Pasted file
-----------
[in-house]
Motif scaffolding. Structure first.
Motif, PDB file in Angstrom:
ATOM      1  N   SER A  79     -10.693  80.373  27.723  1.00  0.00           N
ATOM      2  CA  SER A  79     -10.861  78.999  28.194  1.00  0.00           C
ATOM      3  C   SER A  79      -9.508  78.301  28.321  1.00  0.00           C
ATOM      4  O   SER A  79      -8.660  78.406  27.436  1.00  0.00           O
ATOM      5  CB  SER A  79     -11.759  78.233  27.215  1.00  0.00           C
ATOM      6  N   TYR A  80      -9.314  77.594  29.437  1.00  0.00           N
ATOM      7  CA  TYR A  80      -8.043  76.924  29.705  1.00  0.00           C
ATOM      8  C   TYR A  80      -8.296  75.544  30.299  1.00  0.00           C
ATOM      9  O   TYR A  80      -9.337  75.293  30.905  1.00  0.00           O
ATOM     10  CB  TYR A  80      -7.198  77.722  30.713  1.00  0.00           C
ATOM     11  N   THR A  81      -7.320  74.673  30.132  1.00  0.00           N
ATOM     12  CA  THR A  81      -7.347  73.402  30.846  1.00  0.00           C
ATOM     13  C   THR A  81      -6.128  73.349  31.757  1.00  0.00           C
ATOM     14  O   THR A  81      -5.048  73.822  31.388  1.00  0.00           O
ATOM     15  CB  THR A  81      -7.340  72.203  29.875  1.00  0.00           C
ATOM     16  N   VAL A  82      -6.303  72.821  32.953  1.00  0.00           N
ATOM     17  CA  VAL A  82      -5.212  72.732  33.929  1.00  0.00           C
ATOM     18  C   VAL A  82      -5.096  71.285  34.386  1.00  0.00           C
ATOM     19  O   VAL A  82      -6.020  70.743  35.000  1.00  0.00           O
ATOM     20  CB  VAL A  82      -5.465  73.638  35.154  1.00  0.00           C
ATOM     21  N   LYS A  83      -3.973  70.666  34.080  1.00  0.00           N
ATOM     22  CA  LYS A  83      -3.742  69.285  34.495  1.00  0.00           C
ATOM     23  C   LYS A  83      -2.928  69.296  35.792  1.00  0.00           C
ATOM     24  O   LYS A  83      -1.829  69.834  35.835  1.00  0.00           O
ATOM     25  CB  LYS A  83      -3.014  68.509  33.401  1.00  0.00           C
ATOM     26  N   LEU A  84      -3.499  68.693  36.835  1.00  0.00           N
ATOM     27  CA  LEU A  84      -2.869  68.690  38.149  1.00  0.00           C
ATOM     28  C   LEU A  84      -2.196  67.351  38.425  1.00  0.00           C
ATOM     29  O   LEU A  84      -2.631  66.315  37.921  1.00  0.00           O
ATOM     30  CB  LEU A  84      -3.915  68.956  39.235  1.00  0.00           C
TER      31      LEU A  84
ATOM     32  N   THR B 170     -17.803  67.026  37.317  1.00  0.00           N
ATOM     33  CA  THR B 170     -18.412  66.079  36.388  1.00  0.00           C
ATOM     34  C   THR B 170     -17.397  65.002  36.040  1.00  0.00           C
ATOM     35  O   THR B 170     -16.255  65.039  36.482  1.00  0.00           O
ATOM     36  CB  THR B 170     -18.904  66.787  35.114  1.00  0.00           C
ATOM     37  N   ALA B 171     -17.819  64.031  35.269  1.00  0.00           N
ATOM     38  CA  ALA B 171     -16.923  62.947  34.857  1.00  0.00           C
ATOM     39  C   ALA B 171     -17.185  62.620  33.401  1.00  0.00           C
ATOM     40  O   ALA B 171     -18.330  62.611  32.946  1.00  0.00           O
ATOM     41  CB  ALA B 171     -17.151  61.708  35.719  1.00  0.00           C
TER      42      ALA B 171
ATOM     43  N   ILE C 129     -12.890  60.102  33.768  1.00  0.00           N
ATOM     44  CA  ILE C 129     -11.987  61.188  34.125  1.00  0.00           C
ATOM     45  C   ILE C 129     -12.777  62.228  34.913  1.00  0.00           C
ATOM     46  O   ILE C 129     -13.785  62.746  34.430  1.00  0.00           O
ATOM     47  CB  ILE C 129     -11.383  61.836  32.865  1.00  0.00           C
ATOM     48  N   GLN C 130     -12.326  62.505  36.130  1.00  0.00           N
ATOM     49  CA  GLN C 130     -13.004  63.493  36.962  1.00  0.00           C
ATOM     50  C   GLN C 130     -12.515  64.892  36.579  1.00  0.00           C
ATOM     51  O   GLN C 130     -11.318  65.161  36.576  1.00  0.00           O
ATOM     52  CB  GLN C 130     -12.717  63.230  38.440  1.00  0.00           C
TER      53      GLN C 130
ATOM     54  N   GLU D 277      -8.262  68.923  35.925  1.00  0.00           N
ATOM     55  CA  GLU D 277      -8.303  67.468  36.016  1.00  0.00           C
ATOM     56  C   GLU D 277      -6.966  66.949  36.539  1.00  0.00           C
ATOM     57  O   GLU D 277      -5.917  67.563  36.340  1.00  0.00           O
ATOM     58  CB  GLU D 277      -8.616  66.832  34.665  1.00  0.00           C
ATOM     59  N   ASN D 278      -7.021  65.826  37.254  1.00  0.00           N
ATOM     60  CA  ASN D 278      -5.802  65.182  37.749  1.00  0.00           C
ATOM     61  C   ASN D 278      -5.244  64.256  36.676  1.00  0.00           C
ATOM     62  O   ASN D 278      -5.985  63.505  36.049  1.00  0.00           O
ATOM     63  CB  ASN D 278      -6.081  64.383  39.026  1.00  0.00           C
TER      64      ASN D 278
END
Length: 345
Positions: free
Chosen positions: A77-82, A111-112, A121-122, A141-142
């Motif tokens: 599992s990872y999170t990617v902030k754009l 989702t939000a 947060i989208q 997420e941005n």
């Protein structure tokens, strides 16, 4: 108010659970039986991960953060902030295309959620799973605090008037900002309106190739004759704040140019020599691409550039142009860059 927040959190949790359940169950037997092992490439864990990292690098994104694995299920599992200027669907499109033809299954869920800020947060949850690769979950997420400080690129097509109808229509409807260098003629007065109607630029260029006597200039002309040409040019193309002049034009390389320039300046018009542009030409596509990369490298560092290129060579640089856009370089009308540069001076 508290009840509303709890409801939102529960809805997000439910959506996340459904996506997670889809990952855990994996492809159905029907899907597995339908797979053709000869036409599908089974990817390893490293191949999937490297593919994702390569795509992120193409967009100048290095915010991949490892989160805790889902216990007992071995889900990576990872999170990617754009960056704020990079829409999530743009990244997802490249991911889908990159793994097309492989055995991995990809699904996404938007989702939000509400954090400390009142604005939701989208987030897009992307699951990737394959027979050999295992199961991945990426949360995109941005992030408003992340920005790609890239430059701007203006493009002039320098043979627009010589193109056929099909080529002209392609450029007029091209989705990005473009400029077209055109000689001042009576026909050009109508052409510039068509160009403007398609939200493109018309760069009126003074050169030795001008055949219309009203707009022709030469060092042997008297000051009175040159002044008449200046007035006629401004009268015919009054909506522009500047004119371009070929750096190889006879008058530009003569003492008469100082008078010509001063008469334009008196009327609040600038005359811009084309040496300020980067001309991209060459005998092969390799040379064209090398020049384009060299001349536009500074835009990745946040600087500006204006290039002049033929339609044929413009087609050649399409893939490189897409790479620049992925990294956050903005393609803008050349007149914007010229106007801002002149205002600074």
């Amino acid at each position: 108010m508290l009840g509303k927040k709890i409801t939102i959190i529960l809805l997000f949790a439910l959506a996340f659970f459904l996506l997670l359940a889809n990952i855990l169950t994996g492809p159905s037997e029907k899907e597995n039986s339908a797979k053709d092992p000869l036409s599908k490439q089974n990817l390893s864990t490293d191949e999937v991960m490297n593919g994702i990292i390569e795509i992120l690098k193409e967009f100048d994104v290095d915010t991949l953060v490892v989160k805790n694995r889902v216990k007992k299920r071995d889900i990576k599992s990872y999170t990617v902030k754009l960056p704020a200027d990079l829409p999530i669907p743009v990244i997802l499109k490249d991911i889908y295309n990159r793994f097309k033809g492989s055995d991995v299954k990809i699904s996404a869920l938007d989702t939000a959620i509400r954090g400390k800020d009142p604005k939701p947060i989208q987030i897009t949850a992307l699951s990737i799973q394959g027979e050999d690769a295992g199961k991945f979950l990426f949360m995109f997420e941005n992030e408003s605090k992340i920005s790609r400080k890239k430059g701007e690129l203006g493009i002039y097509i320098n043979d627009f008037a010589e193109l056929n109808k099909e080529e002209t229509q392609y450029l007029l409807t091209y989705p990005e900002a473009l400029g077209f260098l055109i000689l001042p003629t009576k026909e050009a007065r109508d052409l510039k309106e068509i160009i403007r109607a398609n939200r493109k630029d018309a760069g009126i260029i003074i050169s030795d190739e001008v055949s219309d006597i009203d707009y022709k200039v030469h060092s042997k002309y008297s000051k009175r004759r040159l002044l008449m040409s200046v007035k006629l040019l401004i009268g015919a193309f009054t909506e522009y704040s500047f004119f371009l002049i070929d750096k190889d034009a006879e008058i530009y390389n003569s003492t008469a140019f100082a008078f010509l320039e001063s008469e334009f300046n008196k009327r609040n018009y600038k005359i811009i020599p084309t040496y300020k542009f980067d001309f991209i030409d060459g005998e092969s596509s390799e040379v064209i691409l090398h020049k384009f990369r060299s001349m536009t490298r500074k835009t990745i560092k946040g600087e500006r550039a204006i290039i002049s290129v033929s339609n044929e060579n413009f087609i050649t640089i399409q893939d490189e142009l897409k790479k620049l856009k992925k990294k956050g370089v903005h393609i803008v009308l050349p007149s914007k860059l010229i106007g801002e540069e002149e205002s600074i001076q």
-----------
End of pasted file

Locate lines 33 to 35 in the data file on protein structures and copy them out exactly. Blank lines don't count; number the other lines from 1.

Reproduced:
ATOM     30  CB  LEU A  84      -3.915  68.956  39.235  1.00  0.00           C
TER      31      LEU A  84
ATOM     32  N   THR B 170     -17.803  67.026  37.317  1.00  0.00           N